OK, three key points before I actually get to answering your question:
First, "CPU % Busy" is a crap metric. Ignore it.
If this value is less than 100% your server is under-utilized (the CPU is idle doing nothing).
Second, and similarly, "Load Average" isn't a great metric (though it's better than "CPU % Busy").
Load Average <= number of cores in the server is a good rule of thumb, but if the load average is 10000 and the system is performing well what do you care?
Third, DirectAdmin, cPanel, and all of their ilk are terrible. They're like keeping the training wheels on your bike forever: You'll never learn how to ride if you don't take them off.
You will likely not be able to really optimize your system while using DirectAdmin or any other "control panel" - start planning to get rid of it (or if you can't, at least turn off its nuisance alerting and implement proper monitoring software - something that alerts on performance rather than "Oh hey the server looks a little busy").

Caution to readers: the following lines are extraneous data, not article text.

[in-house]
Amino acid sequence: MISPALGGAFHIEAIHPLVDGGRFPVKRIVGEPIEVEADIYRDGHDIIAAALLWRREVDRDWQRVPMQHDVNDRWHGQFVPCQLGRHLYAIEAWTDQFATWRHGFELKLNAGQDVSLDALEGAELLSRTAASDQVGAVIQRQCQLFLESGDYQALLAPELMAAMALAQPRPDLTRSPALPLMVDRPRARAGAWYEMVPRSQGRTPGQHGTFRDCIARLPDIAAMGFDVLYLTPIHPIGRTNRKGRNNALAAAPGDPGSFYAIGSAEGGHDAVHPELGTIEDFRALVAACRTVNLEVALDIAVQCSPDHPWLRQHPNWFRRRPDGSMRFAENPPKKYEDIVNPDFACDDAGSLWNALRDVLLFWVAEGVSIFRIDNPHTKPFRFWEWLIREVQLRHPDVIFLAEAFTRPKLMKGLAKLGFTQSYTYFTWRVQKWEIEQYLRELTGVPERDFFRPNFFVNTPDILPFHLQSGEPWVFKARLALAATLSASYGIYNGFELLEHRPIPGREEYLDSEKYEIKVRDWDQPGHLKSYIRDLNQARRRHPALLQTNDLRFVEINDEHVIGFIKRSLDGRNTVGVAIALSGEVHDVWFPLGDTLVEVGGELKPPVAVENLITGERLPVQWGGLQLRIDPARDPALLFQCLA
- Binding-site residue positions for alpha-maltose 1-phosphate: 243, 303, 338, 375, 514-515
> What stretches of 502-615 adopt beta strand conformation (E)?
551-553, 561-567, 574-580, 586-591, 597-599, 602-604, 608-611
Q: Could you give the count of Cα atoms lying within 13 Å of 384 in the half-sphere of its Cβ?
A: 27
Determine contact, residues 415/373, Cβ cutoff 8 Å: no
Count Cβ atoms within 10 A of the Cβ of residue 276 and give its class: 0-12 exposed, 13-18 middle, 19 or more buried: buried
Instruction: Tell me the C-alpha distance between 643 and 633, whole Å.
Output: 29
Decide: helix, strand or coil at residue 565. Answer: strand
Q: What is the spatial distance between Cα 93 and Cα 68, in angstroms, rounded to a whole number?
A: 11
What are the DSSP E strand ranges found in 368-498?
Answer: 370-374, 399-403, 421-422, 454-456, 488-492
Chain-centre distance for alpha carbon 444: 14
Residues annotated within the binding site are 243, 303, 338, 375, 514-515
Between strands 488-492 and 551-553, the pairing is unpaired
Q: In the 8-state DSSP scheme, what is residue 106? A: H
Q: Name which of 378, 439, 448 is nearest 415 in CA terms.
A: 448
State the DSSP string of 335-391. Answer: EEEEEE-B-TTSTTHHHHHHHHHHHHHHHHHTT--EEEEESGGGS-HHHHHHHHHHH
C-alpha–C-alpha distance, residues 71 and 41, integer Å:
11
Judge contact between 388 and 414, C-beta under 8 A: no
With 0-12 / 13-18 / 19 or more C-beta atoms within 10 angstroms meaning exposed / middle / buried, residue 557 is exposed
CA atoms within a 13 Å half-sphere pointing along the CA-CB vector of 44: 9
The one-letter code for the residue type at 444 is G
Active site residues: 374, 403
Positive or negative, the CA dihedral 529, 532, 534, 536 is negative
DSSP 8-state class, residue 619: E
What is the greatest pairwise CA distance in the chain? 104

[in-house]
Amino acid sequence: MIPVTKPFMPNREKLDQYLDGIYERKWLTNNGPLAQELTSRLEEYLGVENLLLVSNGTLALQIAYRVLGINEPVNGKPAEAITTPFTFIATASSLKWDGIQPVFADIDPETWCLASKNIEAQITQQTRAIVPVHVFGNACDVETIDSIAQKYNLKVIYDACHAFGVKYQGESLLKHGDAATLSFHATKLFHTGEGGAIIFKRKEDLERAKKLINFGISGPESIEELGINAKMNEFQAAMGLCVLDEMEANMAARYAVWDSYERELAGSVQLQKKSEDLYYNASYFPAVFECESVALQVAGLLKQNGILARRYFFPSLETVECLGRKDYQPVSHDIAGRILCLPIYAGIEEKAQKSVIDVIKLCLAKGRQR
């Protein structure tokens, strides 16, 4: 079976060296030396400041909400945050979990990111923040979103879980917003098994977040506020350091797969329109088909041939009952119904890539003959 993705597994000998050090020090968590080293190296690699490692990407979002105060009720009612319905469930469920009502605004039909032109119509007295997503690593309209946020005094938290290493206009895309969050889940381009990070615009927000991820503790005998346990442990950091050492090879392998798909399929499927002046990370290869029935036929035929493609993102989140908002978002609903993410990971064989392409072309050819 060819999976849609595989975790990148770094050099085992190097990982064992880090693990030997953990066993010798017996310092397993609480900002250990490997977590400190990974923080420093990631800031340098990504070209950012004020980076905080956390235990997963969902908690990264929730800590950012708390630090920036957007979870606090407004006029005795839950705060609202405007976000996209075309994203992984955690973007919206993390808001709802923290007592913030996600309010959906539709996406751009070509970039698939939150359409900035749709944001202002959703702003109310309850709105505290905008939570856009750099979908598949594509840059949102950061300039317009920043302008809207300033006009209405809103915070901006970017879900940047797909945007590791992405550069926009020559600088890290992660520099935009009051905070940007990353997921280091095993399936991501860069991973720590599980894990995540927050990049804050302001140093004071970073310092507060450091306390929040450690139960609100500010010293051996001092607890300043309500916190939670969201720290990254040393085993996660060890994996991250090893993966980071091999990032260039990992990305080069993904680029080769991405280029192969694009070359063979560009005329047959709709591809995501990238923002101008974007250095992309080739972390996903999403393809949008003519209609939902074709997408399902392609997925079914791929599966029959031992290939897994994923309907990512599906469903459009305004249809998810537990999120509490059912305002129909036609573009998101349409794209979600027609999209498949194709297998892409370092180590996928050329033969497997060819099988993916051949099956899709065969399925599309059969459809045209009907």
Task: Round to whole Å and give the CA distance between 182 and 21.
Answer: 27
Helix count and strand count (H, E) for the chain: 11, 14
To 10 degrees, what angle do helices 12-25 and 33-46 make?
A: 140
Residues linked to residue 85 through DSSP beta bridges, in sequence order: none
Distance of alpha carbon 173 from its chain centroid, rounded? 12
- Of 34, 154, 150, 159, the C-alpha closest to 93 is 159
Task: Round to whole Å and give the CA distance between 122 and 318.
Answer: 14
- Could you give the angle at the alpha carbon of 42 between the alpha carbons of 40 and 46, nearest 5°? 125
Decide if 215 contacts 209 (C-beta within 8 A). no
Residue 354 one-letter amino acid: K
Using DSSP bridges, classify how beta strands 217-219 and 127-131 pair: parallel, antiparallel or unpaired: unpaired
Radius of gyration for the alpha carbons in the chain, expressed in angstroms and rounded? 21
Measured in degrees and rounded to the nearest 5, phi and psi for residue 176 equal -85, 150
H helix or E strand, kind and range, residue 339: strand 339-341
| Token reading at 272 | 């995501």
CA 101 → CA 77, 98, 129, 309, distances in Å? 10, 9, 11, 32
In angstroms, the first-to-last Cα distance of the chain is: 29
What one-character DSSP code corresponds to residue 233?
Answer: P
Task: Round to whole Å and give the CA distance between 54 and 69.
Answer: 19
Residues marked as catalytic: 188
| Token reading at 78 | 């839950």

Bottom line: If your system is performing well enough to meet your needs don't mess with it.
If it isn't performing well (or you want to mess with it anyway) read the documentation that Lothar pointed you to and make sure you understand what each parameter you're changing does.
(The kind of cookbook cargo-cult system administration that "Linux Stuffs" article you linked to is perpetuating with their suggested values is wrongheaded: Most of the advice is generally good, but you need to go read the Apache Project's documentation for each of those parameters, thoroughly understand what they do, and determine what the right value is for your environment, otherwise you're not really being a sysadmin, you're just pushing buttons.)
You should also refer to this Server Fault question on capacity planning for web sites for some general guidance - Remember: the only way to know how a machine will perform under load is to test it.